FTC Rule Bans Non-Compete Clauses

On Behalf of | May 20, 2024 | Firm News

On April 23, 2024, the Federal Trade Commission (“FTC”) issued a final Non-Compete Clause Rule (the “Rule”) that bans businesses, in most instances, from imposing post-employment and post engagement non-compete agreements upon workers. Under the Rule, non-compete agreements are considered “unfair methods of competition” under Section 5 of the FTC Act. The Rule defines workers broadly and covers employees, independent contractors, interns, volunteers, and other types of statuses. In addition, The Rule is scheduled to take effect within 120 days from the date of publication in the Federal Register and will preempt state laws that are contrary to the Rule; however, it is likely that the effective date of the Rule will be delayed, due to pending lawsuits filed against the FTC challenging the Rule, including a lawsuit filed by the US Chamber of Commerce.

Assuming the new Rule takes effect, existing non-compete agreements will no longer be enforceable, except for those between a businesses and senior executives (a title defined by the Rule), and no future non-compete agreements will be legally permissible against any worker or senior executive.

Prior to the effective date of the Rule, businesses are required to issue a written notice to all workers subject to existing non-compete agreements, informing workers that after the effective date, the existing noncompete agreement is no longer legally enforceable against them. The Rule provides model language for a written notice and is as follows:

A new rule enforced by the Federal Trade Commission makes it unlawful for us to enforce a non-compete clause. As of [DATE EMPLOYER CHOOSE BUT NO LATER THAN EFFECTIVE DATE OF THE FINAL RULE], [EMPLOYER NAME] will not enforce any non-compete clause against you. This means that as of [DATE EMPLOYER CHOOSES BUT NO LATER THAN EFFECTIVE DATE OF THE FINAL RULE]:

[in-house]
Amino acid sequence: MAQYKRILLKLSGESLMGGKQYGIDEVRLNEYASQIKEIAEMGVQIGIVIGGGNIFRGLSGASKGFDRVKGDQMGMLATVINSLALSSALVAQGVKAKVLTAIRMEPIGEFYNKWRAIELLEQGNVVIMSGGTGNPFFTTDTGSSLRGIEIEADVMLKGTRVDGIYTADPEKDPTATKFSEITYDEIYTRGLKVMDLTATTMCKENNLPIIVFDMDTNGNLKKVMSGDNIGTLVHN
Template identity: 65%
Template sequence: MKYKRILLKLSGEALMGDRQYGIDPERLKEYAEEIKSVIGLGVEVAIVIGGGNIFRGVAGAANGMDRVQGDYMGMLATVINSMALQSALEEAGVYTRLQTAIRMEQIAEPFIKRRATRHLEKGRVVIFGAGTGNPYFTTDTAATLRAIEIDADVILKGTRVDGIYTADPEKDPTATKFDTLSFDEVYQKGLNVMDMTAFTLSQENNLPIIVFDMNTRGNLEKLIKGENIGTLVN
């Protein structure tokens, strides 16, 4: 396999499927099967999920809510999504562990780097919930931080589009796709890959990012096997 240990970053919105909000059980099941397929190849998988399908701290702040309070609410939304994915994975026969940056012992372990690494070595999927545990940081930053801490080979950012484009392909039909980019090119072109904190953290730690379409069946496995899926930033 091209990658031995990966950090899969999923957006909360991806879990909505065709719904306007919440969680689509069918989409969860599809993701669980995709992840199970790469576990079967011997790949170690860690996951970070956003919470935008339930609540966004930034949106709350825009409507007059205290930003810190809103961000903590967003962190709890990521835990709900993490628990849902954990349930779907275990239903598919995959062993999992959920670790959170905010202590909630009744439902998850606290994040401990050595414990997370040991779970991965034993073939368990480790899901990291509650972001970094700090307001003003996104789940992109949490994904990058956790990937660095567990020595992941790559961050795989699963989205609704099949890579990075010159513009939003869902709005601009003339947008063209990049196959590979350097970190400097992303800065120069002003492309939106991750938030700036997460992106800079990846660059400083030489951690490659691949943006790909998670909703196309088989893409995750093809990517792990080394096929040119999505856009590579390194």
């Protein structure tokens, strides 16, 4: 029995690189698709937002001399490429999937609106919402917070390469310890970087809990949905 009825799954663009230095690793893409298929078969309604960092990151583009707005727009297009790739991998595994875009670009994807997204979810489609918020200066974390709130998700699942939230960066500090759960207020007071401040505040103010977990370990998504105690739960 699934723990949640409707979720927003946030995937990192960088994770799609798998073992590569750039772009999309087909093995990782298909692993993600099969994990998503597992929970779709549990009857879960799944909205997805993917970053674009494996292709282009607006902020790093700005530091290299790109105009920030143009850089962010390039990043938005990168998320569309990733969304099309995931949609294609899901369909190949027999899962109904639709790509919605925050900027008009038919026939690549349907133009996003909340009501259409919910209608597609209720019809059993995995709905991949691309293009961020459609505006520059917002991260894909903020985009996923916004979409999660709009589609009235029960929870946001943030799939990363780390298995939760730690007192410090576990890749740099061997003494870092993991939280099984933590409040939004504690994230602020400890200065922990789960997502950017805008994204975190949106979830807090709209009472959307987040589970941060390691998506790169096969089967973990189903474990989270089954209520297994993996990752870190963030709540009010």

• You may seek or accept a job with any company or any person — even if they compete with [EMPLOYER NAME].
  • You may run your own business — even if it competes with [EMPLOYER NAME].
  • You may compete with [EMPLOYER NAME] following your employment with [EMPLOYER NAME].

The FTC’s new rule does not affect any other terms or conditions of your employment. For more information about the rule, visit [link to the final rule landing page]. Complete and accurate translations of the notice in certain languages other than English, including Spanish, Chinese, Arabic, Vietnamese, Tagalong, and Korean, are available at [URL on FTCs website].

Delivery of a written notice must be hand delivered to a worker, or sent via email, mail, or text message to a worker’s current or last known personal address, or a mobile telephone number belonging to the worker. A business is not required to provide notice to a worker in instances where a business has no record of a worker’s street address, email address, or mobile telephone number.

The Rule does not apply to:

  • A non-compete agreement entered into by a person for the bona fide sale of a business entity, of the person’s ownership interest in a business entity, or all or substantially all of a business entity’s operating assets;
  • Existing causes of actions,
  • Enforcement of a non-compete agreement based on a good faith basis and belief that the Rule is inapplicable; and
  • Nonprofit entities.1

A business’s failure to comply with the Rule may result in injunctive relief and other remedies available to the FTC under Section 5 of the FTC Act. Further, only the FTC can enforce the Rule, workers do not have any private right to action to enforce the Rule.

This article is neither an exhaustive review of the Rule, nor is it to be considered legal advice. This article is meant to be a general overview of the Rule.

If you need legal advice or have questions about the Rule, and how it may impact your circumstances, please contact David Mandel ([email protected]) or Matthew DiMaio ([email protected]).

1 It is worth noting that the FTC has indicated that it may enforce the Rule against nonprofit’s designated for tax purposes as nonprofit entities, but organized to make a profit for members, or that are profit making enterprises.